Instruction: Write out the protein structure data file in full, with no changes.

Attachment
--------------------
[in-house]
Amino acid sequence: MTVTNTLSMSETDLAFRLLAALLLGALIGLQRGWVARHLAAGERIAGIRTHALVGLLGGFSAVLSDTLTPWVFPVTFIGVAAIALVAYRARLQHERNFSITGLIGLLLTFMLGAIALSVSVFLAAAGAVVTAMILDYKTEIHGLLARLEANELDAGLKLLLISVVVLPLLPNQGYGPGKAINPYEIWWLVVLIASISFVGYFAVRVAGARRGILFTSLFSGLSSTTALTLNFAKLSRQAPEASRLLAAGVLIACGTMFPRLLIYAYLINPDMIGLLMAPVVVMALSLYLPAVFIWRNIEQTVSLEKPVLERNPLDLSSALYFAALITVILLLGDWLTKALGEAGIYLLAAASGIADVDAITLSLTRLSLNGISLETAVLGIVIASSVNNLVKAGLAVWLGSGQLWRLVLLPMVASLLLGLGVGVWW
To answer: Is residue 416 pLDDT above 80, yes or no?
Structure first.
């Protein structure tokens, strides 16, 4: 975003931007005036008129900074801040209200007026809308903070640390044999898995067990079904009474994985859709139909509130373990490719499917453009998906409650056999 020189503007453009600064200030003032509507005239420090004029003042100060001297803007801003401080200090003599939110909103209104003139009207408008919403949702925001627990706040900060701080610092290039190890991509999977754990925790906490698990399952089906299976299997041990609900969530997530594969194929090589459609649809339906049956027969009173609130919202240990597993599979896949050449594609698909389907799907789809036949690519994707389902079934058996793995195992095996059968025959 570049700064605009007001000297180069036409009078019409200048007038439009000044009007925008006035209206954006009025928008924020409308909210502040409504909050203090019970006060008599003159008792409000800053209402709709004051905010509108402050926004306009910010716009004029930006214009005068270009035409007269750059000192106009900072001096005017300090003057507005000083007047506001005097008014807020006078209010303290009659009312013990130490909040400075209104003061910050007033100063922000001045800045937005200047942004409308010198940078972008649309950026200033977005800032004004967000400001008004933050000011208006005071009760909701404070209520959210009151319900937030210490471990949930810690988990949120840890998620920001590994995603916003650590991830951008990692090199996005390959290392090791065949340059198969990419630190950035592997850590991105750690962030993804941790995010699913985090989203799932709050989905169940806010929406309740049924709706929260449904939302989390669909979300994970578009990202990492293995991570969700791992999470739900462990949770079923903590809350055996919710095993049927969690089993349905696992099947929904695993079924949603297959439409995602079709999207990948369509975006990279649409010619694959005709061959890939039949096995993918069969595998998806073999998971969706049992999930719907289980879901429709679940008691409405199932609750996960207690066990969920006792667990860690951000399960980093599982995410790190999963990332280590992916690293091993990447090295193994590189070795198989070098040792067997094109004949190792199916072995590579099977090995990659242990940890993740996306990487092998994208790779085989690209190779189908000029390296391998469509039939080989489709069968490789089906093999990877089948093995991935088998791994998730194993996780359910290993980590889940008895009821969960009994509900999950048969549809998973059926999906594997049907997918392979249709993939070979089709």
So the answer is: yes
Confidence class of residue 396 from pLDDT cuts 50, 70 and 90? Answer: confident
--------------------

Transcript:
[in-house]
Amino acid sequence: MTVTNTLSMSETDLAFRLLAALLLGALIGLQRGWVARHLAAGERIAGIRTHALVGLLGGFSAVLSDTLTPWVFPVTFIGVAAIALVAYRARLQHERNFSITGLIGLLLTFMLGAIALSVSVFLAAAGAVVTAMILDYKTEIHGLLARLEANELDAGLKLLLISVVVLPLLPNQGYGPGKAINPYEIWWLVVLIASISFVGYFAVRVAGARRGILFTSLFSGLSSTTALTLNFAKLSRQAPEASRLLAAGVLIACGTMFPRLLIYAYLINPDMIGLLMAPVVVMALSLYLPAVFIWRNIEQTVSLEKPVLERNPLDLSSALYFAALITVILLLGDWLTKALGEAGIYLLAAASGIADVDAITLSLTRLSLNGISLETAVLGIVIASSVNNLVKAGLAVWLGSGQLWRLVLLPMVASLLLGLGVGVWW
To answer: Is residue 416 pLDDT above 80, yes or no?
Structure first.
């Protein structure tokens, strides 16, 4: 975003931007005036008129900074801040209200007026809308903070640390044999898995067990079904009474994985859709139909509130373990490719499917453009998906409650056999 020189503007453009600064200030003032509507005239420090004029003042100060001297803007801003401080200090003599939110909103209104003139009207408008919403949702925001627990706040900060701080610092290039190890991509999977754990925790906490698990399952089906299976299997041990609900969530997530594969194929090589459609649809339906049956027969009173609130919202240990597993599979896949050449594609698909389907799907789809036949690519994707389902079934058996793995195992095996059968025959 570049700064605009007001000297180069036409009078019409200048007038439009000044009007925008006035209206954006009025928008924020409308909210502040409504909050203090019970006060008599003159008792409000800053209402709709004051905010509108402050926004306009910010716009004029930006214009005068270009035409007269750059000192106009900072001096005017300090003057507005000083007047506001005097008014807020006078209010303290009659009312013990130490909040400075209104003061910050007033100063922000001045800045937005200047942004409308010198940078972008649309950026200033977005800032004004967000400001008004933050000011208006005071009760909701404070209520959210009151319900937030210490471990949930810690988990949120840890998620920001590994995603916003650590991830951008990692090199996005390959290392090791065949340059198969990419630190950035592997850590991105750690962030993804941790995010699913985090989203799932709050989905169940806010929406309740049924709706929260449904939302989390669909979300994970578009990202990492293995991570969700791992999470739900462990949770079923903590809350055996919710095993049927969690089993349905696992099947929904695993079924949603297959439409995602079709999207990948369509975006990279649409010619694959005709061959890939039949096995993918069969595998998806073999998971969706049992999930719907289980879901429709679940008691409405199932609750996960207690066990969920006792667990860690951000399960980093599982995410790190999963990332280590992916690293091993990447090295193994590189070795198989070098040792067997094109004949190792199916072995590579099977090995990659242990940890993740996306990487092998994208790779085989690209190779189908000029390296391998469509039939080989489709069968490789089906093999990877089948093995991935088998791994998730194993996780359910290993980590889940008895009821969960009994509900999950048969549809998973059926999906594997049907997918392979249709993939070979089709």
So the answer is: yes
Confidence class of residue 396 from pLDDT cuts 50, 70 and 90? Answer: confident